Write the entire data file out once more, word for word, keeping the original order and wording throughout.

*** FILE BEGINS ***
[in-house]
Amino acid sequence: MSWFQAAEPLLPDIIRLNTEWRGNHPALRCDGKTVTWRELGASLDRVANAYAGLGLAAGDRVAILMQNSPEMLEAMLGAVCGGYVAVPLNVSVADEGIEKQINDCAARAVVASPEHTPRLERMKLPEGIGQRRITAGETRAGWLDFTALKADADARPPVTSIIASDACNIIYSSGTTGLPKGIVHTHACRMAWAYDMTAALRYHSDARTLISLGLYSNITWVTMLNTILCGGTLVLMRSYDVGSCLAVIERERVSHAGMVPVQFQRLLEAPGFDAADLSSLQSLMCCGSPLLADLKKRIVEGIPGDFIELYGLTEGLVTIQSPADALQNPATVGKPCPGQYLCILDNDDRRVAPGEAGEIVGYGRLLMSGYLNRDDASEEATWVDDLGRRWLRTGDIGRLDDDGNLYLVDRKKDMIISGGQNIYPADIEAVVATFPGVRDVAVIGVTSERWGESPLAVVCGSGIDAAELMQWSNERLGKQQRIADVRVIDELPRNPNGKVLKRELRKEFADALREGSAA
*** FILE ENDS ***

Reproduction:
[in-house]
Amino acid sequence: MSWFQAAEPLLPDIIRLNTEWRGNHPALRCDGKTVTWRELGASLDRVANAYAGLGLAAGDRVAILMQNSPEMLEAMLGAVCGGYVAVPLNVSVADEGIEKQINDCAARAVVASPEHTPRLERMKLPEGIGQRRITAGETRAGWLDFTALKADADARPPVTSIIASDACNIIYSSGTTGLPKGIVHTHACRMAWAYDMTAALRYHSDARTLISLGLYSNITWVTMLNTILCGGTLVLMRSYDVGSCLAVIERERVSHAGMVPVQFQRLLEAPGFDAADLSSLQSLMCCGSPLLADLKKRIVEGIPGDFIELYGLTEGLVTIQSPADALQNPATVGKPCPGQYLCILDNDDRRVAPGEAGEIVGYGRLLMSGYLNRDDASEEATWVDDLGRRWLRTGDIGRLDDDGNLYLVDRKKDMIISGGQNIYPADIEAVVATFPGVRDVAVIGVTSERWGESPLAVVCGSGIDAAELMQWSNERLGKQQRIADVRVIDELPRNPNGKVLKRELRKEFADALREGSAA